Supermarket chain Sainsbury’s solar energy programme has emerged as one of the first possible significant casualties of the EU China trade war in the UK.

The company has questioned whether it will be able to make continued investment in its growing solar portfolio because of the tariffs planned by the European Commission on Chinese solar imports.

Sainsbury’s has until now been a major investor in solar power and other renewable energies.

The supermarket chain, one of the three biggest in the country, has installed 16MW of solar panels across 169 store rooftops. Collectively they make Sainsbury host to the largest multi-rooftop array in Europe.

It has topped the global Dow Jones Sustainability Indexes review (in the food retailers sector) six years in a row, and last year the company’s chief executive Justin King said the retail sector should take another look at solar energy as a viable way to reduce its impact on the environment. “Supermarkets have the equivalent of football fields on their roofs, many of them underutilised,” he said. “It's a perfect time to turn that space into something positive.”

But the ongoing trade dispute between EU and China appears to have soured the prospects for further rolling out of solar.

In a statement, Paul Crewe, head of energy at Sainsbury’s, reacted to the threat of increased solar prices as a result of tariffs imposed by the EU: “We are disappointed by this potential measure and hope a solution can be found. Investment in the 82,000 panels on our stores has been dependent on the feed-in tariff and another tariff on top of this would make it difficult for us to justify continued investment.”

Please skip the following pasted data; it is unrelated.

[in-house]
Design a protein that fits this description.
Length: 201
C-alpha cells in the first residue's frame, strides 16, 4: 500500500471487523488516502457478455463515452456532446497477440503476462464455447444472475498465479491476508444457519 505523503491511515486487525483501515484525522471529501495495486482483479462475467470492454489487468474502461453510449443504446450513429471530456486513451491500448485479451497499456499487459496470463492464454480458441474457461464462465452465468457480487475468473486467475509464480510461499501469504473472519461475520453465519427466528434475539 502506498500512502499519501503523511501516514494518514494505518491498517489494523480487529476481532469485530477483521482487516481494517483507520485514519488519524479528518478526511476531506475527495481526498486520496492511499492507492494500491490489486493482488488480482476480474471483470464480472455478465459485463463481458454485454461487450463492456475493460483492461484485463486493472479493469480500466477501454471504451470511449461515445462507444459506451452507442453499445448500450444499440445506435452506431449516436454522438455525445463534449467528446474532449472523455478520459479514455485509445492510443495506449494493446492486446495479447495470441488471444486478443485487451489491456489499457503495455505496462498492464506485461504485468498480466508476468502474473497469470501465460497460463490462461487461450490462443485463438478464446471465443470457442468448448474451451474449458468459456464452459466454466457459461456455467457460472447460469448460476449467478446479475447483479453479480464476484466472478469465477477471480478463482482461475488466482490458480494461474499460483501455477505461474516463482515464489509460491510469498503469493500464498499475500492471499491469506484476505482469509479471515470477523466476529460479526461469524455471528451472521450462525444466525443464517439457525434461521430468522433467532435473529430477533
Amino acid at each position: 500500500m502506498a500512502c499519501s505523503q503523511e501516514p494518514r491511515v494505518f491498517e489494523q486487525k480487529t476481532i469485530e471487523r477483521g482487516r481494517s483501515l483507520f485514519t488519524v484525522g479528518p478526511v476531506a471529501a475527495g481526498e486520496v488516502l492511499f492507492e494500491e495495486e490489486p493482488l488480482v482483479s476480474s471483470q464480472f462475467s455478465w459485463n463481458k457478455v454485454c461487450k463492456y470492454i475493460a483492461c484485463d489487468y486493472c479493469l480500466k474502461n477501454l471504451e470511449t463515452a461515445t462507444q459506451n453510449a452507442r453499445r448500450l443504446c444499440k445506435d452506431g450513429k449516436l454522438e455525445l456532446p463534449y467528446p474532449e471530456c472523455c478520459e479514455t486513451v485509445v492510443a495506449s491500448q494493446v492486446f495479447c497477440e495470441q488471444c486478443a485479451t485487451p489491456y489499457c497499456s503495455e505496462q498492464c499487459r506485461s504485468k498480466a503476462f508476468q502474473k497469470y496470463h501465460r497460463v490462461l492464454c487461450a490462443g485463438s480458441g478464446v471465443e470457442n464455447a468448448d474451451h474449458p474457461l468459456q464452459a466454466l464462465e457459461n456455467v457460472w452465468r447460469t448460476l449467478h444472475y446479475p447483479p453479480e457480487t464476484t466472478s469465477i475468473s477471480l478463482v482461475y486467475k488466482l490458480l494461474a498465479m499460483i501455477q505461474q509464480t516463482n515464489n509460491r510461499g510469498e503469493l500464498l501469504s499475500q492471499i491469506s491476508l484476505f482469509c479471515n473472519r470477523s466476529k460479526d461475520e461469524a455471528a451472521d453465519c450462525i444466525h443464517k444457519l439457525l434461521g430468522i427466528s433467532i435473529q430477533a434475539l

Introductory tariffs of 11.8% were introduced by the European Commission last week despite opposition from the majority of EU states.

These tariffs are expected to increase in August to an average of 47%, but already the industry, both up- and downstream, and even its customers, are beginning to feel the negative effects. Crewe continued: “This could have a significant and detrimental impact on the UK solar industry and jobs within the sector.”

Sainsbury’s are keen to point out that they will not yet retract their investment, but will wait to see what transpires in the trade dispute, and how EU trade commissioner Karel de Gucht will handle the ongoing negotiations with China.